Researchers at Kansas State University found that antimicrobial properties of additives can protect pigs from the virus
By Jackie Clark
Researchers at Kansas State University are studying how feed additives may help mitigate the risk of African swine fever (ASF) transmission through feed.
“Historically, most of the feed additives have been looked at for their antimicrobial properties against bacteria, such as salmonella,” Dr. Megan Niederwerder, an assistant professor of diagnostic medicine and pathobiology at the university, told Farms.com.
Previously, the use of anti-microbial feed additives was mostly focused on food safety in the pork supply, however “after porcine epidemic diarrhea (PED) and this concept of feed being an avenue for swine diseases was introduced, there was a lot more research looking at ways to use these antimicrobial properties of feed additives on viruses and specifically swine viruses,” Niederwerder explained.
Researchers have investigated two main classes of feed additives, formaldehyde-based and medium-chain fatty acid-based, in their efficacy to protect against PED.
“We took those two additives because of that previous research showing efficacy against another swine virus, and then wanted to investigate if these were efficacious against ASF,” Niederwerder said. First, they determined that the additives were efficacious at reducing the ASF virus in in vitro studies.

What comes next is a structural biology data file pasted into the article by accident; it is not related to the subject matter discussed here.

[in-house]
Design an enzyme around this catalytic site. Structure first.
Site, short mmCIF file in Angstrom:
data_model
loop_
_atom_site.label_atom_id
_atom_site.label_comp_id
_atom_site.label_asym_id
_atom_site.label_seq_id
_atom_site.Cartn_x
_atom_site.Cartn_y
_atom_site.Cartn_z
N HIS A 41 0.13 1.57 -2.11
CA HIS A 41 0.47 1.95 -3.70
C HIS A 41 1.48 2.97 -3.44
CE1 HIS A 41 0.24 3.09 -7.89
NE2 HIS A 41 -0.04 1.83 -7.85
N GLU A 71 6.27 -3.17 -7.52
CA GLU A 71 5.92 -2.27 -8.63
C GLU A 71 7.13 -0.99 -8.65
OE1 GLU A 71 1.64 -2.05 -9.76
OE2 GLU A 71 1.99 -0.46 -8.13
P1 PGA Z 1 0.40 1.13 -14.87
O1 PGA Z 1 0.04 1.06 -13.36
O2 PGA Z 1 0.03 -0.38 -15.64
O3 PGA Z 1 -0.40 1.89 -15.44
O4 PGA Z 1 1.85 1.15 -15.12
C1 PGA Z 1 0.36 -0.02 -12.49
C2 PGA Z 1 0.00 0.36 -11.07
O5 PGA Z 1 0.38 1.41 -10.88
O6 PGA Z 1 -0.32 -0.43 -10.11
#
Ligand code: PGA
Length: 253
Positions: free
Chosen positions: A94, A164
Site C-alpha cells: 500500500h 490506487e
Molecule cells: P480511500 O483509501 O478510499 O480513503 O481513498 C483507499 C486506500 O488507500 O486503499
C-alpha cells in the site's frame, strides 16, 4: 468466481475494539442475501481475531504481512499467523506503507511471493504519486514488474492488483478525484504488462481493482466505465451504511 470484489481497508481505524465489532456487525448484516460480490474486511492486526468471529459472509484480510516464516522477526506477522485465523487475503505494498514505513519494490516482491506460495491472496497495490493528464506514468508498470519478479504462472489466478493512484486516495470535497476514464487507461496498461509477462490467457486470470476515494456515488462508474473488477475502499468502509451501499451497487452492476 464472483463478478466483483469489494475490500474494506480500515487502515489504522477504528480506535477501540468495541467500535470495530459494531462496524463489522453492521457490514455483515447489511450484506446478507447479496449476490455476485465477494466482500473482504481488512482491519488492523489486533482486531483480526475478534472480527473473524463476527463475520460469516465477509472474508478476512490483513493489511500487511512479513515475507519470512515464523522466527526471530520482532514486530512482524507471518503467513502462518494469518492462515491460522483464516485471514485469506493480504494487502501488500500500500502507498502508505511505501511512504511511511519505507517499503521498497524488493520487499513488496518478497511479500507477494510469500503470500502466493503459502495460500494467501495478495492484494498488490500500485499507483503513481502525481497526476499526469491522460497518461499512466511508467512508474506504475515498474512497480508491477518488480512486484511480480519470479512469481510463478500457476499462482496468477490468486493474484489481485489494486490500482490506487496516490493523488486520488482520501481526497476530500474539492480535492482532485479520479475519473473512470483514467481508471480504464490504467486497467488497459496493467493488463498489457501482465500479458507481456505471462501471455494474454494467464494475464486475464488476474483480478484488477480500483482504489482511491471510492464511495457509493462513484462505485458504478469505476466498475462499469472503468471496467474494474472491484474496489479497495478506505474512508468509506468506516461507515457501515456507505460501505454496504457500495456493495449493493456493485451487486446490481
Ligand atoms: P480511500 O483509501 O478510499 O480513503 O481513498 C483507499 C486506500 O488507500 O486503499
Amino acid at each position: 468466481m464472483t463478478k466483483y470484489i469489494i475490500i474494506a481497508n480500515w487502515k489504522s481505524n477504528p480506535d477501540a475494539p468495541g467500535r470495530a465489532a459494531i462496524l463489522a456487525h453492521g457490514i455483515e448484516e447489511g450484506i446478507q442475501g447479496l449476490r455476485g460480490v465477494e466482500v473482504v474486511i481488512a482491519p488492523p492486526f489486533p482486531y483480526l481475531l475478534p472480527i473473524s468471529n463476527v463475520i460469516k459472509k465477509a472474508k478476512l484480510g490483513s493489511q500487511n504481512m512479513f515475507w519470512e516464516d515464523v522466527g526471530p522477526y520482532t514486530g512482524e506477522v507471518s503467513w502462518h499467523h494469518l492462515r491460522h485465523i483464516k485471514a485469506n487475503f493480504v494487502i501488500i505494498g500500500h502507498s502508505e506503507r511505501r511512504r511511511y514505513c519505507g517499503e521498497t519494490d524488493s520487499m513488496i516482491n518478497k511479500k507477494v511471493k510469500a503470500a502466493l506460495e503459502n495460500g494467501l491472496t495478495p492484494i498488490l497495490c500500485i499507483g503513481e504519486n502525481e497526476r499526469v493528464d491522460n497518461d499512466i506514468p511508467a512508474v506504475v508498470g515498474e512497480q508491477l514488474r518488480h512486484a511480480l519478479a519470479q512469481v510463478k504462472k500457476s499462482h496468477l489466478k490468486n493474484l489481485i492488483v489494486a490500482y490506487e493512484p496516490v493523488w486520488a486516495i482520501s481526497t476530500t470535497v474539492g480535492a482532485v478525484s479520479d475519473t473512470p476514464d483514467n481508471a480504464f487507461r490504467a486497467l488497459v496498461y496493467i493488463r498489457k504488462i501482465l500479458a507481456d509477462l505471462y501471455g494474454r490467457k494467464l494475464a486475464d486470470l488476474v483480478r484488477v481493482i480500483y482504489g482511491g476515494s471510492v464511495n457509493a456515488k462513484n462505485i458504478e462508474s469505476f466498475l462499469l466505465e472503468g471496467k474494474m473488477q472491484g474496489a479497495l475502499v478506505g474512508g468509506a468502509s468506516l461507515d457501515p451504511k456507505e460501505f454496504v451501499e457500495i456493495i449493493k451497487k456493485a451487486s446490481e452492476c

Then, Niederwerder and her team used a protocol that simulates transoceanic transportation of feed ingredients. They tested nine different ingredients with additives included at two different time points. In one treatment, the additive was included at the beginning of the model, simulating the addition at the country of origin. The second treatment involved including the additives 28 days later at the simulated time point of arrival in the United States.
The team tested the feed ingredients for ASF at 30 days.
The two time points allowed the scientists to determine if “the feed additive need an extended exposure to the feed ingredient to be efficacious or is it something that happens fairly rapidly,” Niederwerder explained.
“We found that both when the feed additives were incorporated prior to simulated shipments and at the time point where they would be simulated to arrive in the U.S., both time points seemed like they were efficacious to reduce virus infectivity in most feed ingredients,” she said.
“Only two feed ingredients ended up maintaining a positive level of ASF,” she added. Both were from 28-day time point treatment “so there could be some time dependency where the feed additives may be more efficacious if they’re allowed exposure to the feed ingredients for a longer period of time.”
Niederwerder and her team plan to conduct more research to confirm that hypothesis, as well as dial in the “lowest effective inclusion rate for the food additive,” to minimize costs to producers.
These feed additives could help to mitigate the risk of ASF infecting the North American swine herd, and would be safe for both pigs and humans.
“The formaldehyde-based feed additive that we used in this study is already FDA approved,” Niederwerder said, and medium-chain fatty acids are already incorporated into pig diets.
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